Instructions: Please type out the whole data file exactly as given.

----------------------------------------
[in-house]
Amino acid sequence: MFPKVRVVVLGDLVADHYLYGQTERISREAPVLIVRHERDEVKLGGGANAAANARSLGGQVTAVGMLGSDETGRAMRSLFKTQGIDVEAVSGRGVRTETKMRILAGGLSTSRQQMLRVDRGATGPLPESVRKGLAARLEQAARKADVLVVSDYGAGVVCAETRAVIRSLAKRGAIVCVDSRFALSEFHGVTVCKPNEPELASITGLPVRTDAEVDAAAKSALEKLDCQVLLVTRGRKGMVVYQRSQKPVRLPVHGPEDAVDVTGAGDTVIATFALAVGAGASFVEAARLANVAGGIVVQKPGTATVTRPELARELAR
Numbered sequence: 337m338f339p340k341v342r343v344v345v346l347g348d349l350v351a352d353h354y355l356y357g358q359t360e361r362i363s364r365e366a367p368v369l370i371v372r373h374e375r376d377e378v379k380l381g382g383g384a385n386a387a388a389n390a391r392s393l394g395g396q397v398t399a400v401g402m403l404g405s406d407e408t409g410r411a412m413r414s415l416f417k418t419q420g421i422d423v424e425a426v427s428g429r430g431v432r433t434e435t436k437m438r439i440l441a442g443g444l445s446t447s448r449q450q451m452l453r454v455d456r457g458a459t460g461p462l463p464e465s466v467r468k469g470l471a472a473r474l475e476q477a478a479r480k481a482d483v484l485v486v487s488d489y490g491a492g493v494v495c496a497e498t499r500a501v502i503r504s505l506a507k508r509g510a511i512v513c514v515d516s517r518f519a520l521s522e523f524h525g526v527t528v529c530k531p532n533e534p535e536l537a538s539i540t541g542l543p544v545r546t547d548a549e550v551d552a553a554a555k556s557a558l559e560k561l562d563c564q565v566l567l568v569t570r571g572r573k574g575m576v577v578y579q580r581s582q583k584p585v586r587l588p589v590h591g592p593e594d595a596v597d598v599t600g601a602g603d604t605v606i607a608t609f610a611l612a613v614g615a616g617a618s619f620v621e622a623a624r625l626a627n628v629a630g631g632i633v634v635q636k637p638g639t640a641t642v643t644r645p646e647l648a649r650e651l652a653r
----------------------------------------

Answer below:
[in-house]
Amino acid sequence: MFPKVRVVVLGDLVADHYLYGQTERISREAPVLIVRHERDEVKLGGGANAAANARSLGGQVTAVGMLGSDETGRAMRSLFKTQGIDVEAVSGRGVRTETKMRILAGGLSTSRQQMLRVDRGATGPLPESVRKGLAARLEQAARKADVLVVSDYGAGVVCAETRAVIRSLAKRGAIVCVDSRFALSEFHGVTVCKPNEPELASITGLPVRTDAEVDAAAKSALEKLDCQVLLVTRGRKGMVVYQRSQKPVRLPVHGPEDAVDVTGAGDTVIATFALAVGAGASFVEAARLANVAGGIVVQKPGTATVTRPELARELAR
Numbered sequence: 337m338f339p340k341v342r343v344v345v346l347g348d349l350v351a352d353h354y355l356y357g358q359t360e361r362i363s364r365e366a367p368v369l370i371v372r373h374e375r376d377e378v379k380l381g382g383g384a385n386a387a388a389n390a391r392s393l394g395g396q397v398t399a400v401g402m403l404g405s406d407e408t409g410r411a412m413r414s415l416f417k418t419q420g421i422d423v424e425a426v427s428g429r430g431v432r433t434e435t436k437m438r439i440l441a442g443g444l445s446t447s448r449q450q451m452l453r454v455d456r457g458a459t460g461p462l463p464e465s466v467r468k469g470l471a472a473r474l475e476q477a478a479r480k481a482d483v484l485v486v487s488d489y490g491a492g493v494v495c496a497e498t499r500a501v502i503r504s505l506a507k508r509g510a511i512v513c514v515d516s517r518f519a520l521s522e523f524h525g526v527t528v529c530k531p532n533e534p535e536l537a538s539i540t541g542l543p544v545r546t547d548a549e550v551d552a553a554a555k556s557a558l559e560k561l562d563c564q565v566l567l568v569t570r571g572r573k574g575m576v577v578y579q580r581s582q583k584p585v586r587l588p589v590h591g592p593e594d595a596v597d598v599t600g601a602g603d604t605v606i607a608t609f610a611l612a613v614g615a616g617a618s619f620v621e622a623a624r625l626a627n628v629a630g631g632i633v634v635q636k637p638g639t640a641t642v643t644r645p646e647l648a649r650e651l652a653r